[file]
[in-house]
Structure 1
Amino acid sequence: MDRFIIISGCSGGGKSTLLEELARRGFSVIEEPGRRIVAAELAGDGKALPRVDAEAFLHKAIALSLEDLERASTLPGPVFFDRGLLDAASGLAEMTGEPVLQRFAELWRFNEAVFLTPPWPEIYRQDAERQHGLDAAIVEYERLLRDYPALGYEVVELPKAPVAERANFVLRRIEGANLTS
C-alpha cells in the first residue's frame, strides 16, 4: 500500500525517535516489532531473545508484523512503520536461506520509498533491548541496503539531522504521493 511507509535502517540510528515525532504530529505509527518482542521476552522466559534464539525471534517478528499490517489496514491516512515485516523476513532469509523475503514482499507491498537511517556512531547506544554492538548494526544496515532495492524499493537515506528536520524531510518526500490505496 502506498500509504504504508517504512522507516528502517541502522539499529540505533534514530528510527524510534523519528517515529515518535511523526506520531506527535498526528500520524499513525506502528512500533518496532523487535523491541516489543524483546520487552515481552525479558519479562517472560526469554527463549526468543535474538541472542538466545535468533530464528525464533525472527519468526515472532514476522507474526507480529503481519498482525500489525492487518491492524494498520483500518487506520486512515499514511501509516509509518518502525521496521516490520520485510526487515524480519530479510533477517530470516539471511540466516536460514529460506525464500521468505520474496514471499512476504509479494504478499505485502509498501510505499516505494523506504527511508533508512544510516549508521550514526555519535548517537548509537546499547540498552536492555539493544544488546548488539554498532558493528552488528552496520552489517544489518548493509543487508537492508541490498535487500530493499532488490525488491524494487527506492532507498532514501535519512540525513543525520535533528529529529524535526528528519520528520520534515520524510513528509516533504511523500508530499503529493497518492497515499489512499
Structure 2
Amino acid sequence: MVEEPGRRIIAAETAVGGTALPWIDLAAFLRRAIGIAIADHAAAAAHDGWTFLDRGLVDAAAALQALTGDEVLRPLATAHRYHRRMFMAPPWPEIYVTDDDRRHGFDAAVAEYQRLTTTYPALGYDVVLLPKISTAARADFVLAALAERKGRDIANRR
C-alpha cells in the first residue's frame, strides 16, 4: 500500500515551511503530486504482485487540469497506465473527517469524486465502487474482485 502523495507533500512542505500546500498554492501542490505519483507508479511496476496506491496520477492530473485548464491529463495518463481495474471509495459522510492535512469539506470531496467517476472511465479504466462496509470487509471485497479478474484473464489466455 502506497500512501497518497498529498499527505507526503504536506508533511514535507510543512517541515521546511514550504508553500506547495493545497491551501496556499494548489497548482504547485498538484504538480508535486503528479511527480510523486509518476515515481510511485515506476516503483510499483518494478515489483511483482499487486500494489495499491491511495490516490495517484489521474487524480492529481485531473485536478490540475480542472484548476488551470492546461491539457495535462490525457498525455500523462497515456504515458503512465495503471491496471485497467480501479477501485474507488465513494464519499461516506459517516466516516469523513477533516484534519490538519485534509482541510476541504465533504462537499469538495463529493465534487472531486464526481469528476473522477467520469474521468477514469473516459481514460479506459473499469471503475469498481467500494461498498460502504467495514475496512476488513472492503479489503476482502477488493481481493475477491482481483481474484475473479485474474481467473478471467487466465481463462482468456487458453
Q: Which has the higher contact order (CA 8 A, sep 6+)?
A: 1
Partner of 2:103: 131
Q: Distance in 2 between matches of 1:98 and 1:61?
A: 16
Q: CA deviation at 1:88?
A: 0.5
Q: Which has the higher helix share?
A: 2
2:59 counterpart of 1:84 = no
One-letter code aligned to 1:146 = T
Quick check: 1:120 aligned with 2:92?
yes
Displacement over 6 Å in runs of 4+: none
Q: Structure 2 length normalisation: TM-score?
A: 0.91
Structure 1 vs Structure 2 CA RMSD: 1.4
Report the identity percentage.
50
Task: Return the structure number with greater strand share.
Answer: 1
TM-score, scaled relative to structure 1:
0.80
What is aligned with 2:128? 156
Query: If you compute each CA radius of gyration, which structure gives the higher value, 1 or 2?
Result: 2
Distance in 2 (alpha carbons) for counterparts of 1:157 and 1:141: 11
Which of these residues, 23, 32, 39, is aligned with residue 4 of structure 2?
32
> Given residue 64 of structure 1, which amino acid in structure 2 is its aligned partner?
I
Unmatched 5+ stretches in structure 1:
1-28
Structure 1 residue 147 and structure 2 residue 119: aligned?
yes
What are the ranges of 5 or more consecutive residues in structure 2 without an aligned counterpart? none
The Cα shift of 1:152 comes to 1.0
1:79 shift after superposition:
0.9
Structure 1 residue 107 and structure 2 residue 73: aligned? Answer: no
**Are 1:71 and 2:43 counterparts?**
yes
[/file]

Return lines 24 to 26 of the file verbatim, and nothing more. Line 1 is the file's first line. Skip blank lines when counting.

Structure 1 vs Structure 2 CA RMSD: 1.4
Report the identity percentage.
50